January 26, 2009

Drench resistant worms in sheep – advice, old & new, good & bad

Sheep, farming, husbandry, disease, animal health, worms, internal parasites, advice, old & new, good & bad

By Dr Clive Dalton

What's wrong with what we used to do? And what needs to change?

Good old advice
  • Read the label on the drench pack to make sure that you bought the right product and you understand what the product will do. The label should also tell you the withholding period for meat. This is now more important than ever with so much concern over food safety and traceback from markets and consumers.
  • Give the container a good shake before loading the drench gun back-pack, and put what you don’t use back into the bulk container.
  • Check the drench gun is working properly and delivering the correct dose.
  • Squirt ten doses into a measuring jug and check the volume for accuracy.
  • Pressure check the gun by filling the barrel fully with drench, seal the nozzle with a finger or thumb and attempt to depress the plunger. It should not move. If it depresses then drench is escaping back past the seals and the gun is defective. Some animal health labs now offer a calibration service.
  • Give the correct dose rate to each animal. This is based on live weight so ‘drench to the heaviest’ animal in the mob. So if the heaviest gets its correct dose, then all the others will be guaranteed to have been given enough.
  • If there is a wide range of weights in the mob, split them into two and this will save you wasting drench on massively overdosing the lighter ones.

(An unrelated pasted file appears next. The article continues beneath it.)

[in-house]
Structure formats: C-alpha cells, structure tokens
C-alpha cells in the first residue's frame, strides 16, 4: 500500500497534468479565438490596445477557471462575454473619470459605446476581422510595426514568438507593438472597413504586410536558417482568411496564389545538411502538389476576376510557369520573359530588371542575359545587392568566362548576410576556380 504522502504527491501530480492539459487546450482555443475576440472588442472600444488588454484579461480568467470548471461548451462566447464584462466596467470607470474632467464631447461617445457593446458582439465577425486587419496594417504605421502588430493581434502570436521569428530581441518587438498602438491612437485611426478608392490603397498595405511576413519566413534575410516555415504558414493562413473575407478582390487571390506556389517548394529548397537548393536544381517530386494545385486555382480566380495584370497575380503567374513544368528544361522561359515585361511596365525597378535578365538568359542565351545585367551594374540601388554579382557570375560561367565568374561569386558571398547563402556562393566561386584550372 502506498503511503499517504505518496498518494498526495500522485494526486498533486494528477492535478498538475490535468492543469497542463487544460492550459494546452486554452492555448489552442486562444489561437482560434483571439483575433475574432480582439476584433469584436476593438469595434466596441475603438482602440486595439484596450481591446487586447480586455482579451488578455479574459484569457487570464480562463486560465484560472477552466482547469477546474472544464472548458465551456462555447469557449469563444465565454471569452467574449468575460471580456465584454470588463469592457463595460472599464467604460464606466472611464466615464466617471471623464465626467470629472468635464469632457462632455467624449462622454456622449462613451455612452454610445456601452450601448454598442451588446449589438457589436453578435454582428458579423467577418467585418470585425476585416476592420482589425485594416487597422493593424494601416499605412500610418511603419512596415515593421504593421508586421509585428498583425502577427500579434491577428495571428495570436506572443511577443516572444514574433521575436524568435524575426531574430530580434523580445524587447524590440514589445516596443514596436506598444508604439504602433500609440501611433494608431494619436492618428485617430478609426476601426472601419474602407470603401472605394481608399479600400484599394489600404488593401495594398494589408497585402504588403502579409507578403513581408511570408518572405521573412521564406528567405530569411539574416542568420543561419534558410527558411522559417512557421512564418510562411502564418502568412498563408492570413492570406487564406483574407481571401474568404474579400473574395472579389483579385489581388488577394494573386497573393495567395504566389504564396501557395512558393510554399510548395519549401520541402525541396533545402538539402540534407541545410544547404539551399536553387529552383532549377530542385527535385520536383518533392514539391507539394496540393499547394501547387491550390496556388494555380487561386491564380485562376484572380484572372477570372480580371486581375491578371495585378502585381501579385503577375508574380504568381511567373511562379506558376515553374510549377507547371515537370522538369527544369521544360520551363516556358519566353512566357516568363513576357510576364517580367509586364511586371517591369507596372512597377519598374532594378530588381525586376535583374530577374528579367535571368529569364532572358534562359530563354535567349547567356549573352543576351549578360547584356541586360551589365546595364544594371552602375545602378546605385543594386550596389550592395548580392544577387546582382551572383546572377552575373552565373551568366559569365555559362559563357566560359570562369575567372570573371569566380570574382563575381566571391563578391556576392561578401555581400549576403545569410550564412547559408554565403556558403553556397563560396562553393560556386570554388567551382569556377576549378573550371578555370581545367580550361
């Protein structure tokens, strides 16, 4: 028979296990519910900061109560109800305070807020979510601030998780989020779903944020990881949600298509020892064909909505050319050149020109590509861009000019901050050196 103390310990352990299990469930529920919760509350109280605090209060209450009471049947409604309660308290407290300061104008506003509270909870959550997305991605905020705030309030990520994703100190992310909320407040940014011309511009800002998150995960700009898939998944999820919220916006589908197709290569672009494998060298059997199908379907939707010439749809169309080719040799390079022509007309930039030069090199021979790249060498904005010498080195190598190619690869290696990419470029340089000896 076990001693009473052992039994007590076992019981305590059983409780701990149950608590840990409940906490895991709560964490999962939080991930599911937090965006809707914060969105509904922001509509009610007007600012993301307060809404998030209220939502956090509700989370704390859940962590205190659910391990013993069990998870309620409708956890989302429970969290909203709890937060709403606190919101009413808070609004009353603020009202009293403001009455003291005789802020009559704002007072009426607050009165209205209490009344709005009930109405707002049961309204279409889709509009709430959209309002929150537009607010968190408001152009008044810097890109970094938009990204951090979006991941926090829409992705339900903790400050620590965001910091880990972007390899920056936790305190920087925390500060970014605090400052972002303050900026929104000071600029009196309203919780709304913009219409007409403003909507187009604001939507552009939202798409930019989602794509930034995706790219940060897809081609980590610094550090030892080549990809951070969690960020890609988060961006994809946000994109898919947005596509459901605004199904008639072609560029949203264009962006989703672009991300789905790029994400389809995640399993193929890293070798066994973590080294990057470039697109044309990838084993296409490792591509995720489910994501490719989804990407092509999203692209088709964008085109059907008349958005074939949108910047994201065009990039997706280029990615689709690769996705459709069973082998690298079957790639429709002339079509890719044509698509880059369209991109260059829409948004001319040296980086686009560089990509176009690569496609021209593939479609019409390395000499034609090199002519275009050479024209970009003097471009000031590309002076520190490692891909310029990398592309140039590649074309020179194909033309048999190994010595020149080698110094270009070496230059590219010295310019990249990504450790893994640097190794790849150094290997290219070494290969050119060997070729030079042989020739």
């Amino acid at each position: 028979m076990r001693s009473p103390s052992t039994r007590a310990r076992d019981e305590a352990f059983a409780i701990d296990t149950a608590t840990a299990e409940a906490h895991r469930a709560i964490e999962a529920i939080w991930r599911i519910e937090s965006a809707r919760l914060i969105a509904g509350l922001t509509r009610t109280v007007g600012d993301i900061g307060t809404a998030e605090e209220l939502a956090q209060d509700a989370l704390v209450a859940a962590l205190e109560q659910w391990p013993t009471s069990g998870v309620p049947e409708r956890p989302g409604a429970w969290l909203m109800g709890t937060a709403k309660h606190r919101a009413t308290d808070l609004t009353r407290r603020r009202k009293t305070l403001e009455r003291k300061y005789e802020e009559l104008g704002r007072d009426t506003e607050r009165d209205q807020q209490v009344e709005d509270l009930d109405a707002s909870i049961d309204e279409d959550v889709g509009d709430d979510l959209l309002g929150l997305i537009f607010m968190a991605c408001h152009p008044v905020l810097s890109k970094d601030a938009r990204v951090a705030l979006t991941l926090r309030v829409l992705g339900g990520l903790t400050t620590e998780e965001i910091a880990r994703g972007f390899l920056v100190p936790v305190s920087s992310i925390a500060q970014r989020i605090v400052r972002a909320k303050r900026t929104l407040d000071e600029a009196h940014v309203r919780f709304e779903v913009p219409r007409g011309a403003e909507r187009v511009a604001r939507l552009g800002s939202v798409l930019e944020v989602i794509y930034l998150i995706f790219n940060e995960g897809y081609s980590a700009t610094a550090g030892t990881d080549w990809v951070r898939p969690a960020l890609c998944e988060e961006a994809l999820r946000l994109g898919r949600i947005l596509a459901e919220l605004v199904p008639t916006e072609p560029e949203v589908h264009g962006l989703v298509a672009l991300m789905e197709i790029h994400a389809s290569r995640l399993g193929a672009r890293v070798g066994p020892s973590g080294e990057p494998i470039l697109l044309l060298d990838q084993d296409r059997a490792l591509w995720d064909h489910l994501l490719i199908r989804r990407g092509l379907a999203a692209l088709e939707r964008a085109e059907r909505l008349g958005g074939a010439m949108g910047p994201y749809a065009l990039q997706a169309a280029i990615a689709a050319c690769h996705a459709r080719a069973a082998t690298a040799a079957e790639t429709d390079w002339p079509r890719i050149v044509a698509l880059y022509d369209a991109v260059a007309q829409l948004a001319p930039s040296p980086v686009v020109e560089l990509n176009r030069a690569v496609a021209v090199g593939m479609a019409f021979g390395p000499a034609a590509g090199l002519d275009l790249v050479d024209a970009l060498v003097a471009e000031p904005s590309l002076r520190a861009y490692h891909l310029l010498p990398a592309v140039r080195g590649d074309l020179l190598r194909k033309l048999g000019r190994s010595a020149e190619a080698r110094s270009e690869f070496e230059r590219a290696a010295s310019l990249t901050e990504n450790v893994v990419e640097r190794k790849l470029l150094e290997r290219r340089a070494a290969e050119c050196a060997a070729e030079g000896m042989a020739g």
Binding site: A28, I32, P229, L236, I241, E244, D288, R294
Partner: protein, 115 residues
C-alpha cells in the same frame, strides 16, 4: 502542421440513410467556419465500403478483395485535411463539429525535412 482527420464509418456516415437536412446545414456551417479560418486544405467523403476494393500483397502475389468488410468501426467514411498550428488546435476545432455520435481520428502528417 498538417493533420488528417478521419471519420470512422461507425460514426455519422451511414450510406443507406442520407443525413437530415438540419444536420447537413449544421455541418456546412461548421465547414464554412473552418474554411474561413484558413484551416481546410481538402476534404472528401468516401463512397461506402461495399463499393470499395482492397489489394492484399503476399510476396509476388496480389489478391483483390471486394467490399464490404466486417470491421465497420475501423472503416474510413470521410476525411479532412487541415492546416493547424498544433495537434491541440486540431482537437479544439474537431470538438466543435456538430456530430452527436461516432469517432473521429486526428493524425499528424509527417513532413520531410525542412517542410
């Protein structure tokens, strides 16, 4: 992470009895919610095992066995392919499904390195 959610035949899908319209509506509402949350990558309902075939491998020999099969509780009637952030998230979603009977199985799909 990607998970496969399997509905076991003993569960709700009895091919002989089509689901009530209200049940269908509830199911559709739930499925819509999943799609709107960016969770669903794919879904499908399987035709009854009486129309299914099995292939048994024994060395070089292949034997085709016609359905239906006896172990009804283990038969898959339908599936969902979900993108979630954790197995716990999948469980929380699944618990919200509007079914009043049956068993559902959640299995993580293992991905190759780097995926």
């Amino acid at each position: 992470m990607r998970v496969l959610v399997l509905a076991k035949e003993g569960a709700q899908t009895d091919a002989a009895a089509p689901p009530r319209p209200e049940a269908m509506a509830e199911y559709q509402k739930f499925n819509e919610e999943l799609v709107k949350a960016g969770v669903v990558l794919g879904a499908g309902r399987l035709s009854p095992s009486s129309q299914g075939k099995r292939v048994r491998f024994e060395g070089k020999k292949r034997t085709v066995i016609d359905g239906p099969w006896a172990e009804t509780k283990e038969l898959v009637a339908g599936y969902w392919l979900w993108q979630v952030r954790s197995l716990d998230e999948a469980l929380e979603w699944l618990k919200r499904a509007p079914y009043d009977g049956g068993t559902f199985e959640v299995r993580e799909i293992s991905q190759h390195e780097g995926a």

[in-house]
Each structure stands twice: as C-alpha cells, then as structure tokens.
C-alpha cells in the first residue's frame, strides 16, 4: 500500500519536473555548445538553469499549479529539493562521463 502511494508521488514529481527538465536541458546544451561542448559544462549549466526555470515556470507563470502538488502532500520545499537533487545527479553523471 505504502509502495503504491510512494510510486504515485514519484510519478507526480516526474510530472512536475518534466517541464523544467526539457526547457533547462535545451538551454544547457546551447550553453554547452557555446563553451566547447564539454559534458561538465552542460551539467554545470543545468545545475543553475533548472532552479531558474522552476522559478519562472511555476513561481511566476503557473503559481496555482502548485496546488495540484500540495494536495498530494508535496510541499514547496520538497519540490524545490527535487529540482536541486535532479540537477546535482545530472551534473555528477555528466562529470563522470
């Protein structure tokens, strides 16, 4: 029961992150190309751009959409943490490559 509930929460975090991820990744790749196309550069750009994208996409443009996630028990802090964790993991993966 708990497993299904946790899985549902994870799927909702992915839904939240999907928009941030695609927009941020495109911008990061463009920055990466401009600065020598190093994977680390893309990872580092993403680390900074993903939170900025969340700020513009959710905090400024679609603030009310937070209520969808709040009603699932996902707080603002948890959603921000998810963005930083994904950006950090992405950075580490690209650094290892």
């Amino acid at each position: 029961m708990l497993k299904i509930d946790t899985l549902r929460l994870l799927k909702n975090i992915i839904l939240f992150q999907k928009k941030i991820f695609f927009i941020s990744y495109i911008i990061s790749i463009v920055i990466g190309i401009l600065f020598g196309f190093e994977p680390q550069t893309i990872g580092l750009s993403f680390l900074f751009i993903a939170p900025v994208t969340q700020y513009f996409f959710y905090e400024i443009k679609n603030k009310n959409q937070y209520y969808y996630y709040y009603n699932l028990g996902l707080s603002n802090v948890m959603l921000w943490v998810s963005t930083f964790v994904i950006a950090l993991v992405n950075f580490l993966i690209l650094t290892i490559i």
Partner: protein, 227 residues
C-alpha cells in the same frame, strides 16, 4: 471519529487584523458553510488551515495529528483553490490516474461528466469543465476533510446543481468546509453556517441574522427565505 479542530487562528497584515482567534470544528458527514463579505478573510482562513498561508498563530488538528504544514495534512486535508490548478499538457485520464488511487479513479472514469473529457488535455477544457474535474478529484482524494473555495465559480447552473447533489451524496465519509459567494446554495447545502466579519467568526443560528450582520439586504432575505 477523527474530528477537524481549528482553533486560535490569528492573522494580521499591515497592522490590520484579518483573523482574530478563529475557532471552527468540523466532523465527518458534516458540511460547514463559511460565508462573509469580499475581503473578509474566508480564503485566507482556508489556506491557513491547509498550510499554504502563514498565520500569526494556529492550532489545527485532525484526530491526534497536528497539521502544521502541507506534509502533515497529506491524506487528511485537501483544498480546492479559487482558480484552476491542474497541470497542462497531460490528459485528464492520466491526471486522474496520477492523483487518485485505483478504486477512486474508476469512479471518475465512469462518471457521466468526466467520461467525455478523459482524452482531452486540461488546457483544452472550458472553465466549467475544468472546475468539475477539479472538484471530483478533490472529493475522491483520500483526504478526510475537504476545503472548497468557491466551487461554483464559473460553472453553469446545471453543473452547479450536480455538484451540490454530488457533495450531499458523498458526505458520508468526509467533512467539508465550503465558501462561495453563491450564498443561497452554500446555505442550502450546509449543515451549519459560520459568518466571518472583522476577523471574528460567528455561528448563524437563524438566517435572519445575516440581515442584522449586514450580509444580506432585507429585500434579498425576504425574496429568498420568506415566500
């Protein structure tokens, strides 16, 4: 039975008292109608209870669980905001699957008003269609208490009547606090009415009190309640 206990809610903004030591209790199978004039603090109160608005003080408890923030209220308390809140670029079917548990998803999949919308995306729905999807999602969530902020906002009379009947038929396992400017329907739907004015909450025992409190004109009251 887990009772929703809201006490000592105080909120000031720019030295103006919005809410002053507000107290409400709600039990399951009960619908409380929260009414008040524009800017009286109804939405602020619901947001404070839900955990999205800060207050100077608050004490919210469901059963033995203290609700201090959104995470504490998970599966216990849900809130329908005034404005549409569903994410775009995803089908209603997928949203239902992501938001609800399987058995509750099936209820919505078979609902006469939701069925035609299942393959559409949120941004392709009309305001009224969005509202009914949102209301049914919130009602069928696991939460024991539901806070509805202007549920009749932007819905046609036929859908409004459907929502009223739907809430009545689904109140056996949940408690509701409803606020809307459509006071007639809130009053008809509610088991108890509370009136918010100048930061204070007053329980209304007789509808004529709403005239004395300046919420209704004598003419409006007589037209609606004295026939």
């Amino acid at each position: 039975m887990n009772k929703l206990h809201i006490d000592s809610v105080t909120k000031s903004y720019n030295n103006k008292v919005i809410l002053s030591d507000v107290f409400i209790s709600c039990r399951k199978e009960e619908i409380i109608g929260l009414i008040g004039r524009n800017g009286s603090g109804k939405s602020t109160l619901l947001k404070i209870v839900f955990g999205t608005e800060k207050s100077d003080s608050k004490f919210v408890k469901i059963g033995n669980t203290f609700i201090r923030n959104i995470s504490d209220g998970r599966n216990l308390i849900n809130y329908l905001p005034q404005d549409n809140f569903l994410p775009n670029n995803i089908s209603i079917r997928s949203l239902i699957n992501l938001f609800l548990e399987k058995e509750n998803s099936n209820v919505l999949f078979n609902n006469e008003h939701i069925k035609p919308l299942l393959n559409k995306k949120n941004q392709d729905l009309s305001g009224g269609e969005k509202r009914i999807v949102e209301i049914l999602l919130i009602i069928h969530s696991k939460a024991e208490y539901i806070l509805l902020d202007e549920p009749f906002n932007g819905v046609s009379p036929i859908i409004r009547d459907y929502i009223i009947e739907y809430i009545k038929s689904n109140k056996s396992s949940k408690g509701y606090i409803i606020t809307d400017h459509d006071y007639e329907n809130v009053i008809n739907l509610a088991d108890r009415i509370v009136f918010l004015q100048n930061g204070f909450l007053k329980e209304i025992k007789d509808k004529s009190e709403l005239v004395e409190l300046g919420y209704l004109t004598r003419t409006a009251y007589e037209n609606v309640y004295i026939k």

• Use a good drenching technique. Gently place the gun over the back of the tongue and depress gently so all the drench goes down the throat and swallowed and not spat out. You must avoid drench getting into the lungs.
  • Clean all drenching gear after use following the manufacturer’s instructions to prevent the washer on the plunger drying out and perishing.
  • For drenches delivered by injection, make sure you give them correctly. This should be ‘subcutaneous’ which is under the skin and give them in the neck (the cheap end of the carcass in case abscesses form).
  • Do not inject wet or dirty sheep as the injection sites may become infected.
  • Take special care when dosing with capsules or boluses to make sure the sheep’s head is in the correct position. It should be level and not pulled upwards. Check with your vet for directions and assistance.
  • Key point: Feed stock well and keep the stress levels down. It may be old advice but is still valid.
Bad old advice
Here are some things we now know NOT to do: